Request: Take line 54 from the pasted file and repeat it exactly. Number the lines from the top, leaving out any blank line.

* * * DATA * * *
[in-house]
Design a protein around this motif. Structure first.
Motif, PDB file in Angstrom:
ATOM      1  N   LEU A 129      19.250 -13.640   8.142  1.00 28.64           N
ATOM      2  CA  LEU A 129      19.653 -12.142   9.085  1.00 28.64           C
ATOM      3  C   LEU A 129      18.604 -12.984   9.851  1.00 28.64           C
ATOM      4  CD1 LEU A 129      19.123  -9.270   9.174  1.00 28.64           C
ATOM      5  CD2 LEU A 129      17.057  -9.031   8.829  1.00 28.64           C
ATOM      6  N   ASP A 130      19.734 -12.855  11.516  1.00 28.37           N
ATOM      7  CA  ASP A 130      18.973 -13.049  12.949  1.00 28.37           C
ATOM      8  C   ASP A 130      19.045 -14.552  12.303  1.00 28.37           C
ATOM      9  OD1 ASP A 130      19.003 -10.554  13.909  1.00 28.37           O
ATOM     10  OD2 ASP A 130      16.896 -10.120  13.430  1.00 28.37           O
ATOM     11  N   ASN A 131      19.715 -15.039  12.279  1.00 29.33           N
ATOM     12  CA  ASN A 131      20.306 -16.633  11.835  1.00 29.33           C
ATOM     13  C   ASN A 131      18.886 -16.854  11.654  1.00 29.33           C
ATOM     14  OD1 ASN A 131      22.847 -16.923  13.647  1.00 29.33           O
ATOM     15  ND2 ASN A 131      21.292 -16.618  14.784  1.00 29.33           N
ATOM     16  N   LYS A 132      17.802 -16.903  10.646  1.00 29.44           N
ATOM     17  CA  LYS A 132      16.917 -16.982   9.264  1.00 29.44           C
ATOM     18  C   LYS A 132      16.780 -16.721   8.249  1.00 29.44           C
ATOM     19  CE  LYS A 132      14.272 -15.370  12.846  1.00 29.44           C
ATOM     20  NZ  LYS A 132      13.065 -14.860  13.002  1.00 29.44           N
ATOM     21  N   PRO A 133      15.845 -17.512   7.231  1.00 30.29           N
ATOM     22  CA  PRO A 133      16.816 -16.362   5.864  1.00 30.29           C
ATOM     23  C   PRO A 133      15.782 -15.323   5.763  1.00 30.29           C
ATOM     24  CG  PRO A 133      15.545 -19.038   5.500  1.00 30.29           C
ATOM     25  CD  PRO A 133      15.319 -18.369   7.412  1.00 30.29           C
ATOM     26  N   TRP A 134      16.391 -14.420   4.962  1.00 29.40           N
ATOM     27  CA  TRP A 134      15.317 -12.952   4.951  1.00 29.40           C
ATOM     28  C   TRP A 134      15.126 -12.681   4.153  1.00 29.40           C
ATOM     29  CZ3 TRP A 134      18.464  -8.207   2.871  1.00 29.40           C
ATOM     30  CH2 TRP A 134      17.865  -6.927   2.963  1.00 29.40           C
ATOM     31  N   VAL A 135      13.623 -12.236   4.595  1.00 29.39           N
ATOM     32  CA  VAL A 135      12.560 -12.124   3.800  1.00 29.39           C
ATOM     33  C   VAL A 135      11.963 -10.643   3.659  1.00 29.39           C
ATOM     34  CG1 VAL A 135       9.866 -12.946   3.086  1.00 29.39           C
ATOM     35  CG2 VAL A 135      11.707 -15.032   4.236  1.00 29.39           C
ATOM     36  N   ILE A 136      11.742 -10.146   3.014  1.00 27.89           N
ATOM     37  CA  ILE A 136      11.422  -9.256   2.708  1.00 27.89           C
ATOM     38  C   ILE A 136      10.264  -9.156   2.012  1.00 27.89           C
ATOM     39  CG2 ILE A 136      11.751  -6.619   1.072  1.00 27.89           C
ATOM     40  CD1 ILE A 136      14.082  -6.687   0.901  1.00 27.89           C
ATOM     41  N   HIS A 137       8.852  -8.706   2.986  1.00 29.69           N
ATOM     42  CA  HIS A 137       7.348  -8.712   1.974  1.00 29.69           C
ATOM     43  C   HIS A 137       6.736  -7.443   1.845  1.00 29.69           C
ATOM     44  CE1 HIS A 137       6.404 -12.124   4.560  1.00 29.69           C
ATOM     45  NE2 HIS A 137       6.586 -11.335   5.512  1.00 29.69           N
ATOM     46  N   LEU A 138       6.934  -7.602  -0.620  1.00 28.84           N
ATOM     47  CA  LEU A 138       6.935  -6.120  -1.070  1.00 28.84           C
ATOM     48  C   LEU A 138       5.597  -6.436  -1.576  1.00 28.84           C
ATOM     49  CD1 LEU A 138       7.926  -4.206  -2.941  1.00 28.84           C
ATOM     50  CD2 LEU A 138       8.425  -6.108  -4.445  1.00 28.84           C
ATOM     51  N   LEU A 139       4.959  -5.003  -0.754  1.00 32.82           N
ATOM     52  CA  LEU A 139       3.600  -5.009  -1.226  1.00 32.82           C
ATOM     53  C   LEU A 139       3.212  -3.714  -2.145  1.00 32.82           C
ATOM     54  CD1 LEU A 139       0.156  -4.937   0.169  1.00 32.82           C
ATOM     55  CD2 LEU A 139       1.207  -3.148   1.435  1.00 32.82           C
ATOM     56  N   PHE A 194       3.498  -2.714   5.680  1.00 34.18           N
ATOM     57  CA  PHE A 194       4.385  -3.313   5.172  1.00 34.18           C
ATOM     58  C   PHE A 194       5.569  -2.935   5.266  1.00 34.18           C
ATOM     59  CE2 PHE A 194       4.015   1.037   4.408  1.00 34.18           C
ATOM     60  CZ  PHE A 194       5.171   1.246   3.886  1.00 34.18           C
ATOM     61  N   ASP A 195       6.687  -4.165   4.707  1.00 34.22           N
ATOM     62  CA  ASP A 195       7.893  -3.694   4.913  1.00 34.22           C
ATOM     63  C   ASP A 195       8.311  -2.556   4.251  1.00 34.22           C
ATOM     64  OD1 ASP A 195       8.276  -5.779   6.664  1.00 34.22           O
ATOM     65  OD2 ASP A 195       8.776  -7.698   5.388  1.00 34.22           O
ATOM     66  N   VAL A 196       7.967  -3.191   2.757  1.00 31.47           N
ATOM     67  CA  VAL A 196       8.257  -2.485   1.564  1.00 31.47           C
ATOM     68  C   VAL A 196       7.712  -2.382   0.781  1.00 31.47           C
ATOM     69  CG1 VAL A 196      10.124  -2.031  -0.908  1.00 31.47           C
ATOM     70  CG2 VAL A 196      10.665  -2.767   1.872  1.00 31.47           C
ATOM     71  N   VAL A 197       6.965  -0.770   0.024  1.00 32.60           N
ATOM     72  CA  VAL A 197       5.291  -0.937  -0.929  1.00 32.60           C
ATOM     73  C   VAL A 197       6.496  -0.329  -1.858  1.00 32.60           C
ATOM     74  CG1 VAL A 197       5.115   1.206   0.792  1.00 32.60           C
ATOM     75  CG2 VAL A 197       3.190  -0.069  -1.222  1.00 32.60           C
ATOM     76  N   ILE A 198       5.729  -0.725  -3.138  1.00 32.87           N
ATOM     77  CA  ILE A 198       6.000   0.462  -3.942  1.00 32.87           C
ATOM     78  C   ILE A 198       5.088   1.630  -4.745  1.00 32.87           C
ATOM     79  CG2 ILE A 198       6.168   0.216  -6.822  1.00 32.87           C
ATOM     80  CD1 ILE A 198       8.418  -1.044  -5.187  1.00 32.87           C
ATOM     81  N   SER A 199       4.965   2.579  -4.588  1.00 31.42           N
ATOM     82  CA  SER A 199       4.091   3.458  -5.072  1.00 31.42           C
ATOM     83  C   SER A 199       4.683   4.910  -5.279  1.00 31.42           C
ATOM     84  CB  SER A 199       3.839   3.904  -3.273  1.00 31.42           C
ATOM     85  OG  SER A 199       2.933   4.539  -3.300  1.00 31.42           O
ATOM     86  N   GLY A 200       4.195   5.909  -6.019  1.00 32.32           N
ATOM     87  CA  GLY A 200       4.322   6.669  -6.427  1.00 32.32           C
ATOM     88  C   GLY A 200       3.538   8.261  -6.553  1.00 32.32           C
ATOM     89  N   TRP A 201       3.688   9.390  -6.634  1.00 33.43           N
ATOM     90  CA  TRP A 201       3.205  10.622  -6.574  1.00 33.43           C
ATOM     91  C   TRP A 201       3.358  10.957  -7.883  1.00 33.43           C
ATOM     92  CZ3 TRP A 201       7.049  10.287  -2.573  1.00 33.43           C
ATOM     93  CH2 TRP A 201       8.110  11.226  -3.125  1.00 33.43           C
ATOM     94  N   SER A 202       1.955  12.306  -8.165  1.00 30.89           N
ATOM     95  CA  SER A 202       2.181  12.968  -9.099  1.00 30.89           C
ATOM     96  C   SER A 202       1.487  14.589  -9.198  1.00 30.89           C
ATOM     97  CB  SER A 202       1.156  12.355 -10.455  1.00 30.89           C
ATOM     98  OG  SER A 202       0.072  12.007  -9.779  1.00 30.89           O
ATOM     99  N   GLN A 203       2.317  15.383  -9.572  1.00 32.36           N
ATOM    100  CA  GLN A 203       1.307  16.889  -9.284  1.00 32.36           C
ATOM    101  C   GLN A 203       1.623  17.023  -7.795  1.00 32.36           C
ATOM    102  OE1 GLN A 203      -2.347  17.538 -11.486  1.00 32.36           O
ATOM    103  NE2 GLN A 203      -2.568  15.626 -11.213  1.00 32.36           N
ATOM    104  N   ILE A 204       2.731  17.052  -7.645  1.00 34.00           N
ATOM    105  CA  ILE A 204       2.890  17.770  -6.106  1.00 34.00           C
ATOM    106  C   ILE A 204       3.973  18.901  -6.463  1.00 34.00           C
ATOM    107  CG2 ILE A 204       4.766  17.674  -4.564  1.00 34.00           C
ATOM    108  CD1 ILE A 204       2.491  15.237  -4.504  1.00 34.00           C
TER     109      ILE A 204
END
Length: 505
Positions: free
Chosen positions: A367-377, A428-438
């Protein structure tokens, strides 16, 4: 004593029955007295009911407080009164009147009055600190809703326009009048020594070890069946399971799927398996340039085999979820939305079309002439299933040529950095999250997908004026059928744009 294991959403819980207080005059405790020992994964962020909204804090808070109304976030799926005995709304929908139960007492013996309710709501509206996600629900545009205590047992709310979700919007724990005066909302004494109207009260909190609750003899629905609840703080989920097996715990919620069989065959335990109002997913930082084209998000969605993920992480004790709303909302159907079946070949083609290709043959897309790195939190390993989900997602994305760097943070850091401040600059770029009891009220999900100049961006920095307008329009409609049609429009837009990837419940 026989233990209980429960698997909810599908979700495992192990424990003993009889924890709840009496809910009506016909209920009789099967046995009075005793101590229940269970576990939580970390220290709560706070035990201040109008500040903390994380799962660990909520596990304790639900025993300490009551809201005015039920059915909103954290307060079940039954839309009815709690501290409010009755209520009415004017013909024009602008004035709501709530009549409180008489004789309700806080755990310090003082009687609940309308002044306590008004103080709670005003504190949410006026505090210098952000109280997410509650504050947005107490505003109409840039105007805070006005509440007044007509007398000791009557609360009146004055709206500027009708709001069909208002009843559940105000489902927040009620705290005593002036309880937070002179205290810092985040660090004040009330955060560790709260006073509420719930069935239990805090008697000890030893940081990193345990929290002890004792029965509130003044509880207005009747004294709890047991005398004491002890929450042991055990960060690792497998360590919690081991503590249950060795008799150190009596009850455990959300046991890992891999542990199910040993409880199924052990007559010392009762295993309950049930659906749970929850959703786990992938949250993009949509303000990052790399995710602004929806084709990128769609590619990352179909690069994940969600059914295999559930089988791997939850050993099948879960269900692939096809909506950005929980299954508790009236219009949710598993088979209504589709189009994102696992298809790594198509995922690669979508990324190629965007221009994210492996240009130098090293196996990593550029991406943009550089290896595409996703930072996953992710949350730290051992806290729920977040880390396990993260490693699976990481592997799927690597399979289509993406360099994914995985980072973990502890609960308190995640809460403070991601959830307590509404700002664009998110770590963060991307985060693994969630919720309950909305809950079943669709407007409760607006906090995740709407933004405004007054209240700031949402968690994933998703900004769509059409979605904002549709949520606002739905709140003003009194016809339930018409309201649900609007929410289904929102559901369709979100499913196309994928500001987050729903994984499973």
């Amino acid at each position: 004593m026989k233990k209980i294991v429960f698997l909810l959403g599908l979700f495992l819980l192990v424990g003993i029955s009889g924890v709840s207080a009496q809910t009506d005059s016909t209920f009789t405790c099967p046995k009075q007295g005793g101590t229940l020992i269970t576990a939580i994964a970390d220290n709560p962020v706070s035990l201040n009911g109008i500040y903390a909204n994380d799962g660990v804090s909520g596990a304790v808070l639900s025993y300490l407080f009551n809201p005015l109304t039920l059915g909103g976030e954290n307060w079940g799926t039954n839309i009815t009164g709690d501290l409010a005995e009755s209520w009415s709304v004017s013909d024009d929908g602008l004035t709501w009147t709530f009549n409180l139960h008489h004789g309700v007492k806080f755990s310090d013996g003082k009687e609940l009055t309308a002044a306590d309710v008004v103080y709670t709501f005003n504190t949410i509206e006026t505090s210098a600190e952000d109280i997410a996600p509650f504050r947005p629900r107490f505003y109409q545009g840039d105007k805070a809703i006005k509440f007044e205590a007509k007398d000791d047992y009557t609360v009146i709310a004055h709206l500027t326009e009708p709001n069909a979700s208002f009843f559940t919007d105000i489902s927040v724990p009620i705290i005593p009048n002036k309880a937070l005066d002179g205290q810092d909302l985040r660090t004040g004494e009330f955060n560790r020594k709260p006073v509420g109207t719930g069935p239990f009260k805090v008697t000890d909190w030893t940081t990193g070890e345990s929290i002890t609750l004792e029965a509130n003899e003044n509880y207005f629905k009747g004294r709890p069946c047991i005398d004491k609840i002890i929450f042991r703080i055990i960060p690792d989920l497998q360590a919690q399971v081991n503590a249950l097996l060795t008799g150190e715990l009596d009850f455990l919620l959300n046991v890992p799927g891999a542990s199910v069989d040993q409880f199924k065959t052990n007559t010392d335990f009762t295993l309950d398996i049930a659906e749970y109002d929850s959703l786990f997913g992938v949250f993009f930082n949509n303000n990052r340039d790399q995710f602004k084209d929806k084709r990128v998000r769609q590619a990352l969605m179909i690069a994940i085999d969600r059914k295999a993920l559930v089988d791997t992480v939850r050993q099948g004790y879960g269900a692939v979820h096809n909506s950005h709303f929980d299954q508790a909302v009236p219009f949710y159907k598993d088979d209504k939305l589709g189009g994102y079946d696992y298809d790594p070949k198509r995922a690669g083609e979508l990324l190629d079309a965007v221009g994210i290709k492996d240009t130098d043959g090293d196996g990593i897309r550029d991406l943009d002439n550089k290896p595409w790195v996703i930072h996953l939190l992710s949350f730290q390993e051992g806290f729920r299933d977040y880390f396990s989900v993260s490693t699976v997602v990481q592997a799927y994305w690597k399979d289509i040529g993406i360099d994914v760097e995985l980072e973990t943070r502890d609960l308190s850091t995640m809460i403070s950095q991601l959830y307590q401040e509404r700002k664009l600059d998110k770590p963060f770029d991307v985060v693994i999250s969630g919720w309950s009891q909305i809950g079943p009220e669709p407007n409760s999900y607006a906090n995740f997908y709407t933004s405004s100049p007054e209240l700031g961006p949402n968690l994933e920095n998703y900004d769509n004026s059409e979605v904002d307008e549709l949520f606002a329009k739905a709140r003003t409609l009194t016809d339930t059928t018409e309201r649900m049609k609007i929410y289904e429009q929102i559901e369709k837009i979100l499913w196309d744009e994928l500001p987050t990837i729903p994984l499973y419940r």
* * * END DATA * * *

ATOM     51  N   LEU A 139       4.959  -5.003  -0.754  1.00 32.82           N